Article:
I am implementing a Monte Carlo simulation in R to generate multivariate correlated returns. In doing this I have used the Cholesky decomposition, applied to the covariance matrix. However, I saw that the Cholesky decomposition could be applied also to the correlation matrix. Which is the appropriate approach?


You should apply it to the covariance matrix and from that compute the correlation matrix. Here's an example correlating 3 random normal variables.


$$ \bf Y \sim \mathcal N(0, \Sigma) $$

where $\textbf{Y} = (Y_1,\dots,Y_n)$ is the vector of normal random variables, and $\Sigma$ the given covariance matrix.

The process is:

  1. Simulate a vector of uncorrelated Gaussian random variables, $\bf Z $
  2. Then find a square root of $\Sigma$, i.e. a matrix $\bf C$ such that $\bf C \bf C^\intercal = \Sigma$.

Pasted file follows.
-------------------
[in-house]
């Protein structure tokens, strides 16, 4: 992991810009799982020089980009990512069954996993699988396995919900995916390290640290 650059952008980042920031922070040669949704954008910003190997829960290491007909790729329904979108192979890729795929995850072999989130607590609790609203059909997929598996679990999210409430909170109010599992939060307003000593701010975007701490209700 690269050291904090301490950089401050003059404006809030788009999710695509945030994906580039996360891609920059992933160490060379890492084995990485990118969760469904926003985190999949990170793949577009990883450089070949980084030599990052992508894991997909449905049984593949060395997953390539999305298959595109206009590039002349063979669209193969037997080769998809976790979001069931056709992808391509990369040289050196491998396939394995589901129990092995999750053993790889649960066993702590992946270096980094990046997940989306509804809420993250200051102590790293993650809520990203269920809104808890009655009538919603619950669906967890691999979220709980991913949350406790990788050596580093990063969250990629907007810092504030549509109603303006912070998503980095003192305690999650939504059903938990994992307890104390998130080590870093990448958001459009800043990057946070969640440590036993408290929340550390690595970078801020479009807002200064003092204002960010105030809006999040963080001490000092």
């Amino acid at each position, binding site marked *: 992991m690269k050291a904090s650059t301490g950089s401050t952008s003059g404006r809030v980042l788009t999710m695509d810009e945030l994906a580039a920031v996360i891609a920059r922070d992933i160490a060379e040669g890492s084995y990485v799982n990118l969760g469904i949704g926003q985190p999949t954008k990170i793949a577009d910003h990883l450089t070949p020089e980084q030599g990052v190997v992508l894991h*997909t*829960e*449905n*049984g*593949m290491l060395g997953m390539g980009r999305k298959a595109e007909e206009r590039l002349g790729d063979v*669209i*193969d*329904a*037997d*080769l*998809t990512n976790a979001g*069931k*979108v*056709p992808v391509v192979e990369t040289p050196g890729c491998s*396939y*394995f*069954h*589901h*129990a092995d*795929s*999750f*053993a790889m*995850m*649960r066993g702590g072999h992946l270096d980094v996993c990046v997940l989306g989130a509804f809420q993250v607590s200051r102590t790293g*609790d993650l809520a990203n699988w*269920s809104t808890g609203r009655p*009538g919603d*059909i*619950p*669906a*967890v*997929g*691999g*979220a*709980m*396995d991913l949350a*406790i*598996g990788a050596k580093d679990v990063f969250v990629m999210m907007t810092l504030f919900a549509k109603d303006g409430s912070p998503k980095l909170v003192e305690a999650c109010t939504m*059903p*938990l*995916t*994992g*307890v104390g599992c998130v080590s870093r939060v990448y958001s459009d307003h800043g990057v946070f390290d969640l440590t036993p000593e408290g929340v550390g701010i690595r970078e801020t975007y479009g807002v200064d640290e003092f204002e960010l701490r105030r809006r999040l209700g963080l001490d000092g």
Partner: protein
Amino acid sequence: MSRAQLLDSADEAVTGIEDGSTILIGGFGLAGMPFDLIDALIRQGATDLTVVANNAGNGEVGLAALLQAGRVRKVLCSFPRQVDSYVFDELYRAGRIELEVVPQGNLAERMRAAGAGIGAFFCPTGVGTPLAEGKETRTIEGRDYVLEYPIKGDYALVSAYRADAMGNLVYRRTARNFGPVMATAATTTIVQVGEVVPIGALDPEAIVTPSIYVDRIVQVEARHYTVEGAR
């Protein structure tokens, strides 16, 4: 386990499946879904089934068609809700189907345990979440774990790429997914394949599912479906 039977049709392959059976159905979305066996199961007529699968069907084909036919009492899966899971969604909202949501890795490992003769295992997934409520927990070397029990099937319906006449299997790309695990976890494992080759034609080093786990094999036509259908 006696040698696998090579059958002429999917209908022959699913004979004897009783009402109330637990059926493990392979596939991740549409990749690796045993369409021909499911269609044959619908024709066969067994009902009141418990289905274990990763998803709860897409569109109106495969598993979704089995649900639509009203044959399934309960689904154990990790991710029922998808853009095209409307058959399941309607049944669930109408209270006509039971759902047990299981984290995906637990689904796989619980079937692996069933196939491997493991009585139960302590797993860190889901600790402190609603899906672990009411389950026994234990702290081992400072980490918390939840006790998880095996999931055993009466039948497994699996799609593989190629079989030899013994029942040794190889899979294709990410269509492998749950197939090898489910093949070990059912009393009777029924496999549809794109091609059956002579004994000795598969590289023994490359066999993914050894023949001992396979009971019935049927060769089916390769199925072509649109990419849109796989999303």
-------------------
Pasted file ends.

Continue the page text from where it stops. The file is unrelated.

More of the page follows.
Then the target vector is given by $$ \bf Y = \bf C \bf Z. $$

Here is a dummy matlab code:

N = 500000
u_1 = normrnd(zeros(N,1),1);
u_2 = normrnd(zeros(N,1),1);
u_3 = normrnd(zeros(N,1),1);
u_4 = normrnd(zeros(N,1),1);

rv = [u_1 '; u_2'; u_3'; u_4'];

VarCov = [Some positive semi-definite matrix here 4x4];

ch = chol(VarCov);
result = ch * rv;

Then just divide each entry of the result matrix by the product of the standard deviations to get a correlation matrix.

  • $\begingroup$ Thanks a lot for your answer.This is exactly how i´ve done it. So just to be sure, the generate time series could be considered as forecasted values (simulated) in which the historical correlation of time series is taken into account. Please correct me if i am wrong. Thank you. $\endgroup$ – alexandra Jun 5 '18 at 10:56

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